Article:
SK-pacer: My husband lost a flashlight when baling hay one night. Looked all over the field for it with no luck. Three years later find it in a bale of hay from that year. Amazing how long it was out there.

Found a horseshoe last night on the path we use. Didn't see it until the horse hit it. No damage but I wonder why we don't see them when the come off and are shiny but find them when they are rusty and old.

Nancy!

chai
Apr. 5, 2011, 05:24 PM
JSwan, that is so cool. I have always wanted to find an arrowhead. Our farm dates back to the early 1800s and I have found all kinds of things in the pasture from hand hewn nails and door hinges to old horse shoes, a train engineer's insignia, old coins and even jewelry. The biggest mystery is the small marble marker on the ground outside our dining room with the initials J. A. P. inscribed on it. A family named Perley lived here in the 1800s so I wonder if it is one of them.

JSwan
Apr. 5, 2011, 05:47 PM
That is so cool, chai! Where I live is nothing special now, but it was once a thriving community. There were Ordinary's, bivouacs, entire armies marched on these roads. A skirmish at the train station led to the confederate victory at Manassas.

I wish I would find more pieces of history, and less trash. Of course, 100 years from now that trash would be bits of history, I guess. Hard to think of old wire and blue Wal Mart bags as historical, though.

I wonder if you could go through deed books or church records and find out more about the family.

mustanglover
Apr. 5, 2011, 05:49 PM
My place was a old farm, that thought trash removal meant putting it in the back yard and covering it up.

Its a constant process, a few things I have found:
Peanut butter jar not even opened
a fork
bowl and casserole dish
high heel
part of a rain coat
nails
old fence insulators
teddy bear (the pig refuses to let me throw it away)
glass

I walk my pasture every few days and we have been digging up areas and putting it in a dumpster. So far so good. Knock on wood.

I am still waiting to find the dead body to the high heel and rain coat.

sk_pacer
Apr. 5, 2011, 06:18 PM
SK-pacer: My husband lost a flashlight when baling hay one night. Looked all over the field for it with no luck. Three years later find it in a bale of hay from that year. Amazing how long it was out there.

Found a horseshoe last night on the path we use. Didn't see it until the horse hit it. No damage but I wonder why we don't see them when the come off and are shiny but find them when they are rusty and old.

Nancy!

Every so often we will pull an old workhorse shoe out of a field - lift the airseeder to turn and there is a huge, rustly old shoe hooked around a shank or worse wrapped around a shovel. There haven't been workhorses on this land since the late 30s/early 40s, so that shows how deep stuff can be driven and still resurface. More interesting stuff shows up in the grain fields than the pasture aside from shoes: old firebox wrenches (for the ash shaker), broken knotters from binders, assorted broken cogs from very old equipment, the odd spreader ring or busted tug chain.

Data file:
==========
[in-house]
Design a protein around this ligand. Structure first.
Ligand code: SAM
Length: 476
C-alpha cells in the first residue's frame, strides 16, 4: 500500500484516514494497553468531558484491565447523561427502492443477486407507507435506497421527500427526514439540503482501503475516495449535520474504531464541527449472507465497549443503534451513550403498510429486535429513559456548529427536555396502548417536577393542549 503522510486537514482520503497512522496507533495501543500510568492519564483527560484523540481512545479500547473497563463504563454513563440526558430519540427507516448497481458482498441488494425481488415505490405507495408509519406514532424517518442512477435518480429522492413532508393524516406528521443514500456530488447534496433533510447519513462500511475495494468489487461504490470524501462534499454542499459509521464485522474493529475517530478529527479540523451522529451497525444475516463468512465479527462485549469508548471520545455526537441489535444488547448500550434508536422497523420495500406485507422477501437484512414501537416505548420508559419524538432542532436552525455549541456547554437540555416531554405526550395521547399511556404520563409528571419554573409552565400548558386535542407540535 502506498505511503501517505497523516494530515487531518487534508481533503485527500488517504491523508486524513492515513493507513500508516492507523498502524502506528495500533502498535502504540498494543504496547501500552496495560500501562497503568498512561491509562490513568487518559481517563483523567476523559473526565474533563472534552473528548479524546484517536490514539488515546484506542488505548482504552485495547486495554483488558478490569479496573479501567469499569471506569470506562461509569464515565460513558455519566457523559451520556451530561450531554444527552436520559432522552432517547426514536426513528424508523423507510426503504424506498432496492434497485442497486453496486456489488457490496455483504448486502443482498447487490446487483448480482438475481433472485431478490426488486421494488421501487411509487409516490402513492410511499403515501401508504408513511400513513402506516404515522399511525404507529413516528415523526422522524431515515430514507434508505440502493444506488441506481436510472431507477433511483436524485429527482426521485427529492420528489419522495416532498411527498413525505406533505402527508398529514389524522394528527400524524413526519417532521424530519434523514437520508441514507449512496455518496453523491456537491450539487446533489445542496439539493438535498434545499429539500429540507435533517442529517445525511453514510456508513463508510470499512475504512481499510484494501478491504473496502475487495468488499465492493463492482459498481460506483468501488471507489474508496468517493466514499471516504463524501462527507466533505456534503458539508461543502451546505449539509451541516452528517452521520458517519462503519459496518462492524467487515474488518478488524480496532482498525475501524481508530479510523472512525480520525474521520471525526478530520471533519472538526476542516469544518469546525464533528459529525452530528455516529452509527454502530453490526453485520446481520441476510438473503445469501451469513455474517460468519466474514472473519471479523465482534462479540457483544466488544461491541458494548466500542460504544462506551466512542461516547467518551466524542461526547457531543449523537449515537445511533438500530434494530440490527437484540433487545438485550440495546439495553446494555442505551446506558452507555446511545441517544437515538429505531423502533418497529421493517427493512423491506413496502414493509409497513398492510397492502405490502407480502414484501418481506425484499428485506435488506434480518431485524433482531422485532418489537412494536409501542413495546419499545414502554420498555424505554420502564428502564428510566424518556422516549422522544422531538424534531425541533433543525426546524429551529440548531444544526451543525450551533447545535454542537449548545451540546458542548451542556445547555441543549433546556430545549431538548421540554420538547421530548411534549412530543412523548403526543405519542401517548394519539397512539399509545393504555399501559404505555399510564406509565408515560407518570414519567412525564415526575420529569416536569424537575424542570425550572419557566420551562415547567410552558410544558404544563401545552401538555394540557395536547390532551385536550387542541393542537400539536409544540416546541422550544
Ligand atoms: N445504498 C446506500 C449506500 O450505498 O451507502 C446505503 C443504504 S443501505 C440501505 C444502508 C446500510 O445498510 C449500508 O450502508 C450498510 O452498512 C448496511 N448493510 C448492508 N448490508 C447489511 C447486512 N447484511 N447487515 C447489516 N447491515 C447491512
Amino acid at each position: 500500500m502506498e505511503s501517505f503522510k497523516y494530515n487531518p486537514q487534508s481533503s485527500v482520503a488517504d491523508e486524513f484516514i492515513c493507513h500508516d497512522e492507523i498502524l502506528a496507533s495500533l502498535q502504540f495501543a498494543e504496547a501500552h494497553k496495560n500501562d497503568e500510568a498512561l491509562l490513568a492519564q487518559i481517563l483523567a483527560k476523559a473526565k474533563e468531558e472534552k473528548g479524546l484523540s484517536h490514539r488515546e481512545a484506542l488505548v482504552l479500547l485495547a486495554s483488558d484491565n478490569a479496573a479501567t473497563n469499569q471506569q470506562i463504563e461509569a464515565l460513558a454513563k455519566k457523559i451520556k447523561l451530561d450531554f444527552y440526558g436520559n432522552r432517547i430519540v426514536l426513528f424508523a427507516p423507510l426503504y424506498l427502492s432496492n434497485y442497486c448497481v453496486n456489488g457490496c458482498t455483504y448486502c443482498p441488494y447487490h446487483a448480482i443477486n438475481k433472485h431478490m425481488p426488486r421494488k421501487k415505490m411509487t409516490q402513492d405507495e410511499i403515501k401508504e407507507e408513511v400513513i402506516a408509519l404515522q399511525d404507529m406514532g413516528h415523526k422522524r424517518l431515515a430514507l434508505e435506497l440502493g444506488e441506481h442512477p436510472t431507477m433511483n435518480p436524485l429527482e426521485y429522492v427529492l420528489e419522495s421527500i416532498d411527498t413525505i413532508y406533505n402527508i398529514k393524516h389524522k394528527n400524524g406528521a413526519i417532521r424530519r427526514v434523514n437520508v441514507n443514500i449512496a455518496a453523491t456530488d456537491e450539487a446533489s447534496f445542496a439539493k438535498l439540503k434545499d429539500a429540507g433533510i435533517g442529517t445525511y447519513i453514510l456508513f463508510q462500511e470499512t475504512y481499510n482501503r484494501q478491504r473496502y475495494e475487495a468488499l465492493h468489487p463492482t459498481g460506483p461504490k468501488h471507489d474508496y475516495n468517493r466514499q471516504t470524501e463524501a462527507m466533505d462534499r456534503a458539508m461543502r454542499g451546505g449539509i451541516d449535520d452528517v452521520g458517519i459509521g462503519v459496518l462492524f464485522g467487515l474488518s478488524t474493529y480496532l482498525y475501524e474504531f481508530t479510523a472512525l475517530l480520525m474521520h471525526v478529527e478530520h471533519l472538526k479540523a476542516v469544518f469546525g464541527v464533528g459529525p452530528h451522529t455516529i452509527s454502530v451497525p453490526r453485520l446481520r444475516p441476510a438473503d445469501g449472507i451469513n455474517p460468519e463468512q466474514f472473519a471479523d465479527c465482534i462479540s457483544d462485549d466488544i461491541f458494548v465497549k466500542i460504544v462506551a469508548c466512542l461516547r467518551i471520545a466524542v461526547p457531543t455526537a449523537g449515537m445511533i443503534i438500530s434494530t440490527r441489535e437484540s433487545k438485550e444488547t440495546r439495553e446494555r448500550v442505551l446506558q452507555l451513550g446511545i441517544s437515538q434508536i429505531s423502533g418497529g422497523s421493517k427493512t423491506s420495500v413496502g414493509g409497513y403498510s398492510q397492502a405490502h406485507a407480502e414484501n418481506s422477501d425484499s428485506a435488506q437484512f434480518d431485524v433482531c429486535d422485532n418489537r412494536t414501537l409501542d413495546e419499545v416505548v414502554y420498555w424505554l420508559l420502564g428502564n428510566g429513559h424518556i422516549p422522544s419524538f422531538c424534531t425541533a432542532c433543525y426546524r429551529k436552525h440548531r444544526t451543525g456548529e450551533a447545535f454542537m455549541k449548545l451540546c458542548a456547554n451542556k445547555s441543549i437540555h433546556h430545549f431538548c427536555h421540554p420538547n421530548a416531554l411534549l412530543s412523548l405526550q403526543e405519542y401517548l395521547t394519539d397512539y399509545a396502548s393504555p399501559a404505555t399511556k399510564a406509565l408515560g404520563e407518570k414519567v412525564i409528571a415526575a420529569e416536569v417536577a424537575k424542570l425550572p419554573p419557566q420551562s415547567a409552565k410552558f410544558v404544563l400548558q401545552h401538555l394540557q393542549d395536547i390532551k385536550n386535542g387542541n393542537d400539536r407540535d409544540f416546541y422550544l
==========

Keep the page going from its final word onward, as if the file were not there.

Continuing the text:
Foxtrot's
Apr. 5, 2011, 06:37 PM
We have found several old workhorse shoes, too. This used to be part of the Hudson's Bay farm which I think is special. We found an old clothes iron which was heated on the stovetop, some old glass bottles. But none as old as some parts of the States. Our house at 96 years old is old for here, but not where a lot of you people live.

sk_pacer
Apr. 5, 2011, 08:16 PM
Nothing so special here, just parts were CP land, others regular. Both cousin and I have Century Farms and have been designated so for several years now. I have a house full of that stuff.....never threw anything away just in case........ *SIGH*

kelsey97
Apr. 6, 2011, 07:29 PM
I grew up on a farm that had been completely leveled by a tornado 30 something years before we bought it. From time to time we'd find things in the pastures: pieces of china, silverware, buttons, tin cans, etc.

suz
Apr. 6, 2011, 08:42 PM
my place was built in 1916 and there is a trash heap out by the brook. it's nuts how much junk is out there-broken glass, old toilets, car parts, bottles, etc.
a lot of it was added in 1988 when the house next door, which had burned, was bulldozed and the remains (cremains?) bulldozed onto my land. that neighbor sucks, no doubt.
luckily the pile is on the property line, and i have fencing around it to help keep people from hiking up the brook and into my yard.
it doesn't deter them al though, and once someone complained to me that tey had cut their foot while trespassing barefoot!

p.s. as a kid i grew up on the eastern edge of long island. we found lots of arrowheads and once a white beaded leather bag buried under about a foot of oak leaf loam. that was very cool imo.

Foxtrot's
Apr. 7, 2011, 12:36 AM
A beaded bag - Indian? How interesting.

I love hearing about the old houses with history. B.C. is relatively new and today is Vancouver's 125th birthday. They even had cake downtown

As an aside - remember the thread about what people found in their hay? :)